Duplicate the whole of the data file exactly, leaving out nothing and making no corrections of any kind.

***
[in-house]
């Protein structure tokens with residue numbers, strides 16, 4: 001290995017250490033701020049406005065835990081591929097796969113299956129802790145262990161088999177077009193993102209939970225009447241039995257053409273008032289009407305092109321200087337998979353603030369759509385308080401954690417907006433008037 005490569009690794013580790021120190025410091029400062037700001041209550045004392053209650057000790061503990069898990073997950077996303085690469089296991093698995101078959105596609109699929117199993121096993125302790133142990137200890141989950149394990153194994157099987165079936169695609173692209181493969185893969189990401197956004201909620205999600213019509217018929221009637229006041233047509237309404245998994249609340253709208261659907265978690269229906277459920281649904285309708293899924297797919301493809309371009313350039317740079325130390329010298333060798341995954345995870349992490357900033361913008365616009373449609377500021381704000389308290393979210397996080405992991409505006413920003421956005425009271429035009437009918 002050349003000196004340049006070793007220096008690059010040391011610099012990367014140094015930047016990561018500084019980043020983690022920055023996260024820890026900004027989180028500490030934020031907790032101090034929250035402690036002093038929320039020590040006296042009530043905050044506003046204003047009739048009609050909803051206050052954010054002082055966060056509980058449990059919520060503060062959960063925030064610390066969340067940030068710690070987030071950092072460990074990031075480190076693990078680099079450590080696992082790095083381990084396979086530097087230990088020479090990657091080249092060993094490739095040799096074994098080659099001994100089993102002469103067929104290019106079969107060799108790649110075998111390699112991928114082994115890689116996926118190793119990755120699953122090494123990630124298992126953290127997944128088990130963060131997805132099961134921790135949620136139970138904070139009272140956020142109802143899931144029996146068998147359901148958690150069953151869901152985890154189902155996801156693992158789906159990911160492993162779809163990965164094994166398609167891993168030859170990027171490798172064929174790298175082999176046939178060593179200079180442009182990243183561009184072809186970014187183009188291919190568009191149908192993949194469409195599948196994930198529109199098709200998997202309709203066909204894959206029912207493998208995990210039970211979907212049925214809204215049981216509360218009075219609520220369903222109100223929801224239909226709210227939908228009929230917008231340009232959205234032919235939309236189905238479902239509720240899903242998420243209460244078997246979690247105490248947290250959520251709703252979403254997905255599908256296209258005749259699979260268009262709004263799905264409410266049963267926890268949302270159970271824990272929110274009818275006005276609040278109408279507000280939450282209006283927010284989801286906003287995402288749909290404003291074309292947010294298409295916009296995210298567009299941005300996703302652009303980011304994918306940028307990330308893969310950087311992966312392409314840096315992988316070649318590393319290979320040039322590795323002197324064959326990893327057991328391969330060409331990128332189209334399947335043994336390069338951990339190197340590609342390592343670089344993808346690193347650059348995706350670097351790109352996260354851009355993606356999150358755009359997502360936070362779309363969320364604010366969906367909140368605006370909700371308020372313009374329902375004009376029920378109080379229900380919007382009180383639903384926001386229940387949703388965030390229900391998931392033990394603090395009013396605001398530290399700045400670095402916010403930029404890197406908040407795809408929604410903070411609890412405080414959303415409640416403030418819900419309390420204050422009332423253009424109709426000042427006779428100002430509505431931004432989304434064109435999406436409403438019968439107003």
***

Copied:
[in-house]
């Protein structure tokens with residue numbers, strides 16, 4: 001290995017250490033701020049406005065835990081591929097796969113299956129802790145262990161088999177077009193993102209939970225009447241039995257053409273008032289009407305092109321200087337998979353603030369759509385308080401954690417907006433008037 005490569009690794013580790021120190025410091029400062037700001041209550045004392053209650057000790061503990069898990073997950077996303085690469089296991093698995101078959105596609109699929117199993121096993125302790133142990137200890141989950149394990153194994157099987165079936169695609173692209181493969185893969189990401197956004201909620205999600213019509217018929221009637229006041233047509237309404245998994249609340253709208261659907265978690269229906277459920281649904285309708293899924297797919301493809309371009313350039317740079325130390329010298333060798341995954345995870349992490357900033361913008365616009373449609377500021381704000389308290393979210397996080405992991409505006413920003421956005425009271429035009437009918 002050349003000196004340049006070793007220096008690059010040391011610099012990367014140094015930047016990561018500084019980043020983690022920055023996260024820890026900004027989180028500490030934020031907790032101090034929250035402690036002093038929320039020590040006296042009530043905050044506003046204003047009739048009609050909803051206050052954010054002082055966060056509980058449990059919520060503060062959960063925030064610390066969340067940030068710690070987030071950092072460990074990031075480190076693990078680099079450590080696992082790095083381990084396979086530097087230990088020479090990657091080249092060993094490739095040799096074994098080659099001994100089993102002469103067929104290019106079969107060799108790649110075998111390699112991928114082994115890689116996926118190793119990755120699953122090494123990630124298992126953290127997944128088990130963060131997805132099961134921790135949620136139970138904070139009272140956020142109802143899931144029996146068998147359901148958690150069953151869901152985890154189902155996801156693992158789906159990911160492993162779809163990965164094994166398609167891993168030859170990027171490798172064929174790298175082999176046939178060593179200079180442009182990243183561009184072809186970014187183009188291919190568009191149908192993949194469409195599948196994930198529109199098709200998997202309709203066909204894959206029912207493998208995990210039970211979907212049925214809204215049981216509360218009075219609520220369903222109100223929801224239909226709210227939908228009929230917008231340009232959205234032919235939309236189905238479902239509720240899903242998420243209460244078997246979690247105490248947290250959520251709703252979403254997905255599908256296209258005749259699979260268009262709004263799905264409410266049963267926890268949302270159970271824990272929110274009818275006005276609040278109408279507000280939450282209006283927010284989801286906003287995402288749909290404003291074309292947010294298409295916009296995210298567009299941005300996703302652009303980011304994918306940028307990330308893969310950087311992966312392409314840096315992988316070649318590393319290979320040039322590795323002197324064959326990893327057991328391969330060409331990128332189209334399947335043994336390069338951990339190197340590609342390592343670089344993808346690193347650059348995706350670097351790109352996260354851009355993606356999150358755009359997502360936070362779309363969320364604010366969906367909140368605006370909700371308020372313009374329902375004009376029920378109080379229900380919007382009180383639903384926001386229940387949703388965030390229900391998931392033990394603090395009013396605001398530290399700045400670095402916010403930029404890197406908040407795809408929604410903070411609890412405080414959303415409640416403030418819900419309390420204050422009332423253009424109709426000042427006779428100002430509505431931004432989304434064109435999406436409403438019968439107003």